Keep your loved ones warm with Udon Miso Soup with Oysters!

Cutting fresh udon noodles!

We are officially on the home stretch! Only a few short weeks away from long-awaited spring. But, for these last few icy nights ahead, my udon noodle soup with oysters is sure to fill your belly and keep you warm and fuzzy until the cold breaks.

Udon noodles are great in this particular soup, and if you learn how to make them yourself, you can incorporate them into many dishes that call for noodles. 

Sure, you can use store-bought noodles, but why not sign up for one of my udon-making workshops and learn the secret method? I learned this technique from master noodle chef Yoshi Shibazaki of Shimbashi—the best soba and udon restaurant in Sydney. My hands-on workshops are a great way to learn a versatile skill that will last a lifetime. Click here for more information or sign up today.

For a sneak peak of my udon-making workshop, check out the video. I hope to hear from you soon, but in the meantime, let's get cooking!

Miso-based Broth with Udon Noodles みそ煮込みうどん

Serves 4


  • 600g fresh udon noodles (alternatively, frozen or dried noodles can be used)
  • 600g fresh oysters
  • 3 shallots
  • chilli powder

        For miso broth:

  • 2 litres ichi-ban dashi (stock made from dried kelp and bonito flakes)
  • 100g-120g miso paste (or to taste)
  • 2 tablespoons sugar or mirin
  • 50ml sake


  1. Boil freshly made udon noodles in a large pot with 4 litres of boiling water for about 15-20 minutes. Cooking time for noodles varies according to the size of the noodle and how they are made. If using frozen noodles or dried noodles, follow instructions on package. When the noodles are cooked just right, or udon-dente, scoop them out of the pot and plunge them into a cold water basin. Stir well with your hands to rinse off excess starch with cold running water. Drain the noodles well.
  2. Rinse fresh oysters in cold water and drain well.
  3. Cut shallots into 3cm long slices.
  4. In a large clay pot called donabe, put 2 litres ichi-ban dashi stock. Bring to a near boil on high heat, reduce the heat to low and dissolve 100g miso paste and add mirin or sugar and sake. Taste the soup, add more miso paste if needed.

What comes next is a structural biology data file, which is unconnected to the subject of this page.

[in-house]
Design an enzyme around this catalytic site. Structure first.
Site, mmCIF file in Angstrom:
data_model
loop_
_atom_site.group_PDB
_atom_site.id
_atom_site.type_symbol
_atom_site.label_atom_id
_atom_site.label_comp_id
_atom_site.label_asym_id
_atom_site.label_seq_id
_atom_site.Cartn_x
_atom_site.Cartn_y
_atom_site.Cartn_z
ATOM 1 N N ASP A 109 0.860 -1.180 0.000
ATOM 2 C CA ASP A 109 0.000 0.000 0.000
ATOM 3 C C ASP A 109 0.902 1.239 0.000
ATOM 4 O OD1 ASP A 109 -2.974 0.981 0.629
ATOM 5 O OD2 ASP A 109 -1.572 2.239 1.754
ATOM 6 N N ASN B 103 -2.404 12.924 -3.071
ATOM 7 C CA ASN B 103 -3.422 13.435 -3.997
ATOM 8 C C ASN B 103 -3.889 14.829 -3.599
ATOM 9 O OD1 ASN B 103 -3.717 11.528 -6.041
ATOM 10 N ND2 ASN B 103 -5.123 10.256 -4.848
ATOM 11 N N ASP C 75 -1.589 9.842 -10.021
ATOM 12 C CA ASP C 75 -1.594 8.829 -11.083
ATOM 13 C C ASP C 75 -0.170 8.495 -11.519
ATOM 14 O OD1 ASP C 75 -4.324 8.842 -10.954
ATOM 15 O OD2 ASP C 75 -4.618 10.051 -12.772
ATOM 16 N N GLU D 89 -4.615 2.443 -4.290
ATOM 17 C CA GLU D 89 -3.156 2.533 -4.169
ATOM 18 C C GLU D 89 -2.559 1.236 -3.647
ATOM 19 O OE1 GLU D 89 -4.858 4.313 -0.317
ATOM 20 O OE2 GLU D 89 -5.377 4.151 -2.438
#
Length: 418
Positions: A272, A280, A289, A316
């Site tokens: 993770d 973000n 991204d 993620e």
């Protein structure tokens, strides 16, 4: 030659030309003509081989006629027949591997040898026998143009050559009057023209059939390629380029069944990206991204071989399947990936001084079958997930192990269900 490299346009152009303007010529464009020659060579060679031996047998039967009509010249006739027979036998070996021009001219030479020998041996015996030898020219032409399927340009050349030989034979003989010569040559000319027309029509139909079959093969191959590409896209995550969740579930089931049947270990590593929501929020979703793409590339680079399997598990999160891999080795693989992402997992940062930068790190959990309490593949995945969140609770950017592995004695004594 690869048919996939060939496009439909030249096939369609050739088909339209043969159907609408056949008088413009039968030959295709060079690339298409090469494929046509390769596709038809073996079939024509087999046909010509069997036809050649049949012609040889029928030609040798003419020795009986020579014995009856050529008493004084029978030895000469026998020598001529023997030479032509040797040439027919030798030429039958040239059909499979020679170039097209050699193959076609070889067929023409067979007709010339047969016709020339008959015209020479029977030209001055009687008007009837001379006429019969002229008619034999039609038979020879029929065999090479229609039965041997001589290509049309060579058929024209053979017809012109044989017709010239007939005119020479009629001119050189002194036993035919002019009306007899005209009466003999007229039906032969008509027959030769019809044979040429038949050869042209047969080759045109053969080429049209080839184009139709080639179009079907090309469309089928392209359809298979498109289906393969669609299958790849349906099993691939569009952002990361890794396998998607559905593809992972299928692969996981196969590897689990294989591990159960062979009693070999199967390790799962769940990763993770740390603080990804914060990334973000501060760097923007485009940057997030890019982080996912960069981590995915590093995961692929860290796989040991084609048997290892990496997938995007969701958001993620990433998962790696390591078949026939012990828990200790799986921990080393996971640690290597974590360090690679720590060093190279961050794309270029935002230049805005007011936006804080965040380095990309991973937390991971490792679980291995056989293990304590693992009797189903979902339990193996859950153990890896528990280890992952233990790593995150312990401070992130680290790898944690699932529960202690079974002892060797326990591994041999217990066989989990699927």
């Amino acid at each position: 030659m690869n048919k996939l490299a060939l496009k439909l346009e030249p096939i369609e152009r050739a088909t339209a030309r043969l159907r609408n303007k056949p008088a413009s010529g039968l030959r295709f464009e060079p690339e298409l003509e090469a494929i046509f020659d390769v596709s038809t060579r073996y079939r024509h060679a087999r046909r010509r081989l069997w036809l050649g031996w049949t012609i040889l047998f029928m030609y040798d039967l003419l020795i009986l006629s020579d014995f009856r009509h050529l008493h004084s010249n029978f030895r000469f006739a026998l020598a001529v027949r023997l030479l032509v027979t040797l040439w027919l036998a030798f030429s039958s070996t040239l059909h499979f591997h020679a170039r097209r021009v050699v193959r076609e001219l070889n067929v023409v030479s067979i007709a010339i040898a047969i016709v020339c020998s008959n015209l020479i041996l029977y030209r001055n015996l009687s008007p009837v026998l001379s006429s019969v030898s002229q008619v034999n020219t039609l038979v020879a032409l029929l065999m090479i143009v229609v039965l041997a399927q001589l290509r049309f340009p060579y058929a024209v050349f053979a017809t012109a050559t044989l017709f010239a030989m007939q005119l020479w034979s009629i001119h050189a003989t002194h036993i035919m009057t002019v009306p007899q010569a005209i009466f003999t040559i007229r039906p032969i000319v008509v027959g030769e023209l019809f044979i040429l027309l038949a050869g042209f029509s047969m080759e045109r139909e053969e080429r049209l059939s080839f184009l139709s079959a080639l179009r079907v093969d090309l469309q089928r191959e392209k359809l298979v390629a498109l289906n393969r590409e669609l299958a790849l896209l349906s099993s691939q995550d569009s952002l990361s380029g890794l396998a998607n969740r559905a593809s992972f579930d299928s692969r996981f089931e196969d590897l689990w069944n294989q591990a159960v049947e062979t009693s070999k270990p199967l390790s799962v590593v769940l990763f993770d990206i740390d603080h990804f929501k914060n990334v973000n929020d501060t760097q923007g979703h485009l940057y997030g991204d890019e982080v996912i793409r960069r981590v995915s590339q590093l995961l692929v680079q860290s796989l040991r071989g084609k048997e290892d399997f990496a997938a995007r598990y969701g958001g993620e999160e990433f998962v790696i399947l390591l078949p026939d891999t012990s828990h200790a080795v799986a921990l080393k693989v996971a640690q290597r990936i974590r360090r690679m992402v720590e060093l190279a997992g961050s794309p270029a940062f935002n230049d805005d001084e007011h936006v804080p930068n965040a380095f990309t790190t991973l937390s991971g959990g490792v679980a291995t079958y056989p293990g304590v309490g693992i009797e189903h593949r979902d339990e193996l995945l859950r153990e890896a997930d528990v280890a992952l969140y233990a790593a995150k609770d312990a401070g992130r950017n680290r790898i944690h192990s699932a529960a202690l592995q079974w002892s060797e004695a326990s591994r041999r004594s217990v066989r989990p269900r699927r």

5. Add half the udon noodles.
  6. Bring to a boil again and add half the oysters* and shallots. Cook covered until the soup comes to a boil. Stir the bottom of the pot occasionally to prevent noodles from sticking.
  7. When the first batch of udon noodles and oysters are cooked, scoop them out and place in serving bowls. Add ichimi chili powder if you like, and enjoy!
  8. For the second batch, add the rest of the noodles, oysters, and shallots to the remaining miso broth. Cook covered on high heat.**

*Try not overcook oysters, as they shrink.

**Adding udon noodles, oysters and shallots twice allows diners to enjoy a hotpot-cooked meal in an intimate, cozy atmosphere with family and friends. Enjoy with nice warm sake,  especially on a freezing winter evening. Don't just eat this meal and run back to work like you may on a weekday lunchbreak. Nabe-ryori or hotpot cooking takes time and is cooked slowly, fostering interpersonal relationships among your loved ones or guests.

Hand Made Udon Noodle 自家製手打ちうどん

Serves 8-10


freshly made udon noodles

freshly made udon noodles

  • 1 kg wheat flour (churikiko or medium-strength milled flour for udon noodle)
  • 500ml salt water mixture that includes one egg, 100ml vinegar, 10% salt water
  • uchiko as needed (buck wheat starch, alternatively corn flour)


Sign up for an udon-making workshop and learn the secret method for yourself. This is a versatile skill that you can use to impress your dinner guests without breaking the bank. You can incorporate udon noodles into any Asian-inspired soup recipe, or add them to your favourite stir-fry. If you’re not planning a trip to Japan anytime soon, you can tune in to Chef Shuji’s youtube channel and learn to make udon noodles from home.

For more miso cooking videos check out Autumn Cooking in Japan, shot and edited by my New York friends Sean and Noriko Sakamoto. I use authentic Gujo miso paste made in Gujo-Hachiman, Gifu prefecture in the heart of Japan. I also show you how to make dashi stock from sun-dried kelp or konbu and bonito flakes. 

Next time, we will be cooking nikujaga, Japanese comfort food that is derived from classic English beef stew. Keep warm and stay healthy!

Copyright © Ozeki Cooking School 2009